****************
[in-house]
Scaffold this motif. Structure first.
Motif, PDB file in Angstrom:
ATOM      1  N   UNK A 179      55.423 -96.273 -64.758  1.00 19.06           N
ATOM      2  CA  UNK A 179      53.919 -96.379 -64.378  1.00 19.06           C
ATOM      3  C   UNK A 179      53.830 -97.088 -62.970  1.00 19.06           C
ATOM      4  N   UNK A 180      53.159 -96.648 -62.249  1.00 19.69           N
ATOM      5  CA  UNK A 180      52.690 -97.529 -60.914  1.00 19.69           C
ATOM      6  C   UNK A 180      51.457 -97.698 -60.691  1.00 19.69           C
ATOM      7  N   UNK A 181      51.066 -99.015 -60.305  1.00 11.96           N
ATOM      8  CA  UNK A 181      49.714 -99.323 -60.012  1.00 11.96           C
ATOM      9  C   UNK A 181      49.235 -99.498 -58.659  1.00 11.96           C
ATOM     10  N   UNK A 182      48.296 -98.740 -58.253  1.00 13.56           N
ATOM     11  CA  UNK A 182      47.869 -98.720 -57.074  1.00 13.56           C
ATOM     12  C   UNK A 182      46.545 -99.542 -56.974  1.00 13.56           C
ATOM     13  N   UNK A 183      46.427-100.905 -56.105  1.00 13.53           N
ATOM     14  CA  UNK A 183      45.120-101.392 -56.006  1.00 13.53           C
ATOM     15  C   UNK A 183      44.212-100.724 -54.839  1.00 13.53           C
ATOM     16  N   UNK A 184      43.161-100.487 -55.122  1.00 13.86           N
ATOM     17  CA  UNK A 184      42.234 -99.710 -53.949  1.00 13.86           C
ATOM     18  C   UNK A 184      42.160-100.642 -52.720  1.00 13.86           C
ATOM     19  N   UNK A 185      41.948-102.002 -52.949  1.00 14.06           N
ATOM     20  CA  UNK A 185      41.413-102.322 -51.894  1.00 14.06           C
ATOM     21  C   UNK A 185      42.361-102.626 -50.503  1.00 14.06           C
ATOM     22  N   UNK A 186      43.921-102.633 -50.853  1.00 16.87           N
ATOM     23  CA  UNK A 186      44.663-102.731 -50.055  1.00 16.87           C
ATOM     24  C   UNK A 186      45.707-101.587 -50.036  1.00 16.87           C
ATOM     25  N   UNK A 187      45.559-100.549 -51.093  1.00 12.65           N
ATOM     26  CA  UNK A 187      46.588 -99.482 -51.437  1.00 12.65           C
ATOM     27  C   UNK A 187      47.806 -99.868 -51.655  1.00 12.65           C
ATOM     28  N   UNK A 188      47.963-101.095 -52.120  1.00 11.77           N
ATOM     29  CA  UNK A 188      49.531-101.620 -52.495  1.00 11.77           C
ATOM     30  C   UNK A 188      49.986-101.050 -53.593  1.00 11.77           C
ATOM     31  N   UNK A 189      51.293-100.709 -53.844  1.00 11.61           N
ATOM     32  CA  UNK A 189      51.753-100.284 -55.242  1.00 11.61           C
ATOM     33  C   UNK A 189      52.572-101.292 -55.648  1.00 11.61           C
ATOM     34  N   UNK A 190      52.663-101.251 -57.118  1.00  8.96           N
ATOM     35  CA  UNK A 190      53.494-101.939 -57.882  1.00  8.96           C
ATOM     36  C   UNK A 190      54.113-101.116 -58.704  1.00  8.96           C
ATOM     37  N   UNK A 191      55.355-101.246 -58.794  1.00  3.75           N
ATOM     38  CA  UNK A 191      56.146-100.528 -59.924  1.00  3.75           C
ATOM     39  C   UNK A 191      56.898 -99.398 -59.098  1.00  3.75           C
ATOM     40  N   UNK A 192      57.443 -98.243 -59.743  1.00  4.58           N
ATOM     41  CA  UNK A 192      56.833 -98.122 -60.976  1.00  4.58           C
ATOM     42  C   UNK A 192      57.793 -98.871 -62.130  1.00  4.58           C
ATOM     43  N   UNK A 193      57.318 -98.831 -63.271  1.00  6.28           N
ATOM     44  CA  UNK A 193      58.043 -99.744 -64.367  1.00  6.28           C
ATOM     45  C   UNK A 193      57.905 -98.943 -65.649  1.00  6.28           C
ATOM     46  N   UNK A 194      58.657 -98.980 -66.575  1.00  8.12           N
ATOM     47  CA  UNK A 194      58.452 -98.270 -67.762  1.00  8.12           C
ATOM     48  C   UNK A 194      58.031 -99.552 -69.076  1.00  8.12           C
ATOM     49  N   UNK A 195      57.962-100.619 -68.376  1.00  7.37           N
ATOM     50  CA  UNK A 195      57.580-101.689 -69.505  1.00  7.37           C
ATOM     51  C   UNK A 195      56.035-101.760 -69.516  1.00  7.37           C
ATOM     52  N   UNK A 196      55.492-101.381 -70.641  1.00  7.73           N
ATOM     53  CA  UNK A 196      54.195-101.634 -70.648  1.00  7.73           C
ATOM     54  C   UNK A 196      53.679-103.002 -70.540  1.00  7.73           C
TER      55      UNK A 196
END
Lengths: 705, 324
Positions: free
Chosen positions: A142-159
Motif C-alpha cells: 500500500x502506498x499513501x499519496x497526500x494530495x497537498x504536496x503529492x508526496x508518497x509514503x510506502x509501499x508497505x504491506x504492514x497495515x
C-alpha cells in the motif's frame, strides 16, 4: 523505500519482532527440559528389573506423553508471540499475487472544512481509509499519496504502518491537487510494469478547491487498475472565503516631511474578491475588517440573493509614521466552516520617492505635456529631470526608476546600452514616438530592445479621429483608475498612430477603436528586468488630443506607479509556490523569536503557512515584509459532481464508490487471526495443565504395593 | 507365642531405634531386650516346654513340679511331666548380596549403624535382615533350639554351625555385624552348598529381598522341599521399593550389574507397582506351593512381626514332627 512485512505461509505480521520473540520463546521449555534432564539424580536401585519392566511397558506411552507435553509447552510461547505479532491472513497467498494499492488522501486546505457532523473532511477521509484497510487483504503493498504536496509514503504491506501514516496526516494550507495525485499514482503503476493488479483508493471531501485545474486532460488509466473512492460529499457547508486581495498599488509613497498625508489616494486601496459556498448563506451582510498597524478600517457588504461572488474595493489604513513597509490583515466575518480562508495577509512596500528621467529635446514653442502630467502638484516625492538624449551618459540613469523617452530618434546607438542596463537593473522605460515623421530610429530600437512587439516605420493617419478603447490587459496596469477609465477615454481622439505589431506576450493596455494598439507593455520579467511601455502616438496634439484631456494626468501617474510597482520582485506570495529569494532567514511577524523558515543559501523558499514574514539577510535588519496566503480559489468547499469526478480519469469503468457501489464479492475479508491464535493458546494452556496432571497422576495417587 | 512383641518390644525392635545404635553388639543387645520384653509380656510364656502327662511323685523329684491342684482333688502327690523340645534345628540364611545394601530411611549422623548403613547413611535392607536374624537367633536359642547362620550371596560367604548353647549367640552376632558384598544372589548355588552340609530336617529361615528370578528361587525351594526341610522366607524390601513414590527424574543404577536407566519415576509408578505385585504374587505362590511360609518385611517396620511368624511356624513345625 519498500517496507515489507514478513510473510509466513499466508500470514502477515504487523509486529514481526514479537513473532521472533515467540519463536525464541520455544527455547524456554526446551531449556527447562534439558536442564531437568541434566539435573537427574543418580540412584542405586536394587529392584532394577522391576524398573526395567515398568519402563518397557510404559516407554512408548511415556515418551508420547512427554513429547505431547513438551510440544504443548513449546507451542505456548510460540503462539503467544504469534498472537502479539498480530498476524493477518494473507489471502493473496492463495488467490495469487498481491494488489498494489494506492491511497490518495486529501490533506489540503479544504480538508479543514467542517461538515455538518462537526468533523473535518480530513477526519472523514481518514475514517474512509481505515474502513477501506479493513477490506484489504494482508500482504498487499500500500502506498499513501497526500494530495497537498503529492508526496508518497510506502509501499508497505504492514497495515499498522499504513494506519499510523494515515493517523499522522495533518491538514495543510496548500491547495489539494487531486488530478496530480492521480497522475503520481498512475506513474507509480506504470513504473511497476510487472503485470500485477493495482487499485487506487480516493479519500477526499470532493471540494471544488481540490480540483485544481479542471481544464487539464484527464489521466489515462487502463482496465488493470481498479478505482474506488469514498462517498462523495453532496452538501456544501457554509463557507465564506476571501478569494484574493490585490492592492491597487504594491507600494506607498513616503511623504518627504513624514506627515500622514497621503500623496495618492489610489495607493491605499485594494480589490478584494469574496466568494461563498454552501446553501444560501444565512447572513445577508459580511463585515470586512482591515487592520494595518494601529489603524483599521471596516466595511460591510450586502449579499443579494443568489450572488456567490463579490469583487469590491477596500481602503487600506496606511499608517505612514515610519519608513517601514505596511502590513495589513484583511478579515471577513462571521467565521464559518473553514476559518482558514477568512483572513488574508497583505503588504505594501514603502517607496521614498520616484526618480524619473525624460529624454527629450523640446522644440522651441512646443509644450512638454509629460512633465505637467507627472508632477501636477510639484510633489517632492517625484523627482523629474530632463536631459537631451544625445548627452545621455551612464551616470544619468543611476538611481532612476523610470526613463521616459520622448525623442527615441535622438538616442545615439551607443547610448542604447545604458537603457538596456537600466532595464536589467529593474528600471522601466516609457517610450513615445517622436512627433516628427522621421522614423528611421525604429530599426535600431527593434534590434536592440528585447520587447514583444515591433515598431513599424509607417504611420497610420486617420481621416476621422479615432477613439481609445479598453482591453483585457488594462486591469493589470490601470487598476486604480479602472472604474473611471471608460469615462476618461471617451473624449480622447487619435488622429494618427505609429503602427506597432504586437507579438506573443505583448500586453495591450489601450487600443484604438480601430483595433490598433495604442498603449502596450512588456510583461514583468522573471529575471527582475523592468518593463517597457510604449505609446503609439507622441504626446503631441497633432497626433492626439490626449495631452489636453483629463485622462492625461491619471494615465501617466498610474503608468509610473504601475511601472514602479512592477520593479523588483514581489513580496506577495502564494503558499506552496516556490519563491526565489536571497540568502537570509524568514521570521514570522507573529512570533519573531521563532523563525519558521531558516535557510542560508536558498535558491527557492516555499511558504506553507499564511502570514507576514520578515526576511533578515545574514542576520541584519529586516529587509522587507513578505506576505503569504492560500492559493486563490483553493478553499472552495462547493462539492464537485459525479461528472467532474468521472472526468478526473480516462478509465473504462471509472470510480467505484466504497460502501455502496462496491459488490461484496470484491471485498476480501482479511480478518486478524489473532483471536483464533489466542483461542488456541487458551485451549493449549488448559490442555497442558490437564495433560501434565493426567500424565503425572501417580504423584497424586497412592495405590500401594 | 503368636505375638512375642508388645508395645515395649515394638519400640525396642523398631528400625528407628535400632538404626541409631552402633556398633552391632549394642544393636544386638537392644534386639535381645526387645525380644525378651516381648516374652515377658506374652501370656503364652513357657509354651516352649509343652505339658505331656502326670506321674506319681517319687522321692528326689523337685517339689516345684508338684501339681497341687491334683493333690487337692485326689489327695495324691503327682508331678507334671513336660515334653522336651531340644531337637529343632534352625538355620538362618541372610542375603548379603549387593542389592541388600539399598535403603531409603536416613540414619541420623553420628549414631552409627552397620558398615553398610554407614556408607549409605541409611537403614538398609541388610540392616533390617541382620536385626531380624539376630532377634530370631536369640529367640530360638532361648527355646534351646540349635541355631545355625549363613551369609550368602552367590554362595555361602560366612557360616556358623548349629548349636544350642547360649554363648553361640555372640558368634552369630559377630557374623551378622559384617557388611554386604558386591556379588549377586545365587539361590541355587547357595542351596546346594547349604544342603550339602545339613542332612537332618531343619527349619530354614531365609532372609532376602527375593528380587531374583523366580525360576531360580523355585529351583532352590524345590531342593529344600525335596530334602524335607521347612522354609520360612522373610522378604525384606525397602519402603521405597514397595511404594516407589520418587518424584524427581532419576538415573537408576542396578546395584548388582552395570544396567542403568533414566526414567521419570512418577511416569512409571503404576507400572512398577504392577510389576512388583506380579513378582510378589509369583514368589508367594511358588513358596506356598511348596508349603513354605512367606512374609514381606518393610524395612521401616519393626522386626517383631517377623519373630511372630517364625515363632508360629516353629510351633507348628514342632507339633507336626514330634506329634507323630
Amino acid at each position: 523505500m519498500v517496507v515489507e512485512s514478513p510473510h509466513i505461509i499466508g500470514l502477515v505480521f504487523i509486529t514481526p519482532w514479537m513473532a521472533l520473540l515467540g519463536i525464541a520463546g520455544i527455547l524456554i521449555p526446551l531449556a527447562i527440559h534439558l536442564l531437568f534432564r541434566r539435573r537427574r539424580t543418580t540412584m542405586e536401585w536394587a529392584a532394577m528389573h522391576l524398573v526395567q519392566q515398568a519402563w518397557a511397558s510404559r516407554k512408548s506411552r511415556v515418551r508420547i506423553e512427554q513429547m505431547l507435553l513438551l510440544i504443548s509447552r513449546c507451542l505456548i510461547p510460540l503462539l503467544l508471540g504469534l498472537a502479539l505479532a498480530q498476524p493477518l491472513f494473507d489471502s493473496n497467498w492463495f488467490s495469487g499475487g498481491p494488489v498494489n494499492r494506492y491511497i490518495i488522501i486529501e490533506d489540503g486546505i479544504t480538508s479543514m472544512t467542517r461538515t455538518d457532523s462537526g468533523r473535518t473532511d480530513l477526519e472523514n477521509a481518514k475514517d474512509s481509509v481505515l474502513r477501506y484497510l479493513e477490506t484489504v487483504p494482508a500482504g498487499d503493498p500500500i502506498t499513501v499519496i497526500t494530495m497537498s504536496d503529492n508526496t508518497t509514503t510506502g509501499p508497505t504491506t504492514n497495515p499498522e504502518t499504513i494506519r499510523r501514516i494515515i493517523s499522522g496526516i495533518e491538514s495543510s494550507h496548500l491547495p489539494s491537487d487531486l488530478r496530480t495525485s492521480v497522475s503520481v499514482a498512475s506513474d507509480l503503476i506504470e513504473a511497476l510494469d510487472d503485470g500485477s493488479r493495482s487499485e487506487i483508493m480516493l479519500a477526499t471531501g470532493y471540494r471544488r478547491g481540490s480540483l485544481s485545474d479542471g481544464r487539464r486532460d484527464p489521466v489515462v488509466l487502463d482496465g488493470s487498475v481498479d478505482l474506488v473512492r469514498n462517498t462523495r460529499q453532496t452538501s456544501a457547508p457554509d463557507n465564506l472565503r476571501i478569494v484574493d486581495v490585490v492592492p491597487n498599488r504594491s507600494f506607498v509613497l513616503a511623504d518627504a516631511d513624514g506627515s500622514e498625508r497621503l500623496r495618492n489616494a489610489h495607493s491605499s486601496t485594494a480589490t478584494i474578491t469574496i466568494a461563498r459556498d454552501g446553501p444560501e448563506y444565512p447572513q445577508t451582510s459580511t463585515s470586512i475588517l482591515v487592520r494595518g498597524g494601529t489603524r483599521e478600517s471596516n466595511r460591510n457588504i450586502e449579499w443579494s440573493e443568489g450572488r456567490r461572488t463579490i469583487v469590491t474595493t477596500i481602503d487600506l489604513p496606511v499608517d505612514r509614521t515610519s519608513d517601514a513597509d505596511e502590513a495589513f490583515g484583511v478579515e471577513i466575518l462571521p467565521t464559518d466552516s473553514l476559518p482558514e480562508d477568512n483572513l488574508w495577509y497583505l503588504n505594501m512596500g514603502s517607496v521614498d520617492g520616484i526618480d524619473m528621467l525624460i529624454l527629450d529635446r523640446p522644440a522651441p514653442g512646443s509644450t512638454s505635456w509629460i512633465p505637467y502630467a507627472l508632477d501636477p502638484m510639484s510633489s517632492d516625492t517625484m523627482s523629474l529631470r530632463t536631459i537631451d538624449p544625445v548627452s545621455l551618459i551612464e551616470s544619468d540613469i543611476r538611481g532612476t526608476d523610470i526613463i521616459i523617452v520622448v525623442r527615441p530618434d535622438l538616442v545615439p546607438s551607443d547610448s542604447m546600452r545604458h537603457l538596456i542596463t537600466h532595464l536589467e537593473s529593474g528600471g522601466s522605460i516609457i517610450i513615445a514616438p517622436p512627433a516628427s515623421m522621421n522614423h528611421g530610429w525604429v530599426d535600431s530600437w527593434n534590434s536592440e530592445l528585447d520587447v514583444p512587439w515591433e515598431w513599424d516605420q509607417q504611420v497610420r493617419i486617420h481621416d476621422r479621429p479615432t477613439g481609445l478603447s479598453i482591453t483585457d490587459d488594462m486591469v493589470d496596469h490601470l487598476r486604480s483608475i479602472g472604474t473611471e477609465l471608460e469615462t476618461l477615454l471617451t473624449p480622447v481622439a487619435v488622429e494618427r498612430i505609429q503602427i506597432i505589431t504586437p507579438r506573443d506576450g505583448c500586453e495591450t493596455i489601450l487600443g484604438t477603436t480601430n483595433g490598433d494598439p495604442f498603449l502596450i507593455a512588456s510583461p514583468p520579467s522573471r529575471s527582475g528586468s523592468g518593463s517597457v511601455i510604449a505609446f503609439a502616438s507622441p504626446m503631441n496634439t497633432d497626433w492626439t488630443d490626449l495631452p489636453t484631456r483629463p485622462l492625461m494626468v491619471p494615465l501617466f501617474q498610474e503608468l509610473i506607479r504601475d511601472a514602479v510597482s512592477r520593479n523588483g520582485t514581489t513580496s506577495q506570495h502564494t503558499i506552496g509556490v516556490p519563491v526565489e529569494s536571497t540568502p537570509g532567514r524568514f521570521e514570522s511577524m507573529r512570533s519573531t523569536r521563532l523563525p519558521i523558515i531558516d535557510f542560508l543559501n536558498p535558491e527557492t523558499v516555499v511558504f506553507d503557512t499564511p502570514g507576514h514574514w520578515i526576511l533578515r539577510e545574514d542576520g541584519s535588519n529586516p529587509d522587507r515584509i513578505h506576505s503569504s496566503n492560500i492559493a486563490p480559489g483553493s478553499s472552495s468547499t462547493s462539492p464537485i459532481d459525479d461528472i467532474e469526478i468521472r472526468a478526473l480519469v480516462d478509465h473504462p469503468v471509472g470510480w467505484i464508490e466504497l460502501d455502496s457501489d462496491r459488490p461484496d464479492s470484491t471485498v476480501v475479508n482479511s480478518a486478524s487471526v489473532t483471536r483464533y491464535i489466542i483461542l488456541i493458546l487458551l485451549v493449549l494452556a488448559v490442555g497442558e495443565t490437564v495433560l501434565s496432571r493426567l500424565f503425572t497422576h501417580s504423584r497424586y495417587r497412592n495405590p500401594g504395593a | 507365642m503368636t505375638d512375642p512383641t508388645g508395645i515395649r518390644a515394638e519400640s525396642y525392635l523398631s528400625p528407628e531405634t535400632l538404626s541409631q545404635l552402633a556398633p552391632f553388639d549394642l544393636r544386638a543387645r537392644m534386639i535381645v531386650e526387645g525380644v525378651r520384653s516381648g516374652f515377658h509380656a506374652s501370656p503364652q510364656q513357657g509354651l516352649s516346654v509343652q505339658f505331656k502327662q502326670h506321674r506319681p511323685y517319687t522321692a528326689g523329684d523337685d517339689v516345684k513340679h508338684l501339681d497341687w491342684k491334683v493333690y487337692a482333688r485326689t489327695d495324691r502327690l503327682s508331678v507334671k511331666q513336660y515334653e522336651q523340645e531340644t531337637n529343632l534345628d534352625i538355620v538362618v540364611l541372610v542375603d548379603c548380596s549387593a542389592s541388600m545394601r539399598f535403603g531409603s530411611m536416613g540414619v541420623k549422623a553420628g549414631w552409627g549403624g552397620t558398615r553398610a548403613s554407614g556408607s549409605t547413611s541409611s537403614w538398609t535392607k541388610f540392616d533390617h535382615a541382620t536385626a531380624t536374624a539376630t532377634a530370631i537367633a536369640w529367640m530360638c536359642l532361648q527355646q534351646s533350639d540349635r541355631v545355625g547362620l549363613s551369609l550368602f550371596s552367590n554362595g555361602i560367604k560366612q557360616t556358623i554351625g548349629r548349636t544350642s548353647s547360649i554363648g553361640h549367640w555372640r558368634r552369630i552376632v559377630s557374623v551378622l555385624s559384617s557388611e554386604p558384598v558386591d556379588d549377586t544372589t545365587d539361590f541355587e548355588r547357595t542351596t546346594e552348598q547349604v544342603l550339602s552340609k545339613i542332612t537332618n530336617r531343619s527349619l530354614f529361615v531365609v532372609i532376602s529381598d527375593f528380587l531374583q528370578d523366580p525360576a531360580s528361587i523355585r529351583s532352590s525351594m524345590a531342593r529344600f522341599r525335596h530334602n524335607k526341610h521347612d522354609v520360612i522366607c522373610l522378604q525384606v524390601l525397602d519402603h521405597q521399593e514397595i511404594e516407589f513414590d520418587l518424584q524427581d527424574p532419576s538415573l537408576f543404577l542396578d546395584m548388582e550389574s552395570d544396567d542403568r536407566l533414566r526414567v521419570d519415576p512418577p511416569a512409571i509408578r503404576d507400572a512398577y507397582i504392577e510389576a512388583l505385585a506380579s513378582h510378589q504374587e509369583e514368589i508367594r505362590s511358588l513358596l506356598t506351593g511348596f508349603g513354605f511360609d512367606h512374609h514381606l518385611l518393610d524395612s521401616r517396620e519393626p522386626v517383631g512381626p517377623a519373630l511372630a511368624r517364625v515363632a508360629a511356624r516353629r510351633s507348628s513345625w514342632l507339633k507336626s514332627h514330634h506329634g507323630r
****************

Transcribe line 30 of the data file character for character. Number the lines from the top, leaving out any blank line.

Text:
ATOM     27  C   UNK A 187      47.806 -99.868 -51.655  1.00 12.65           C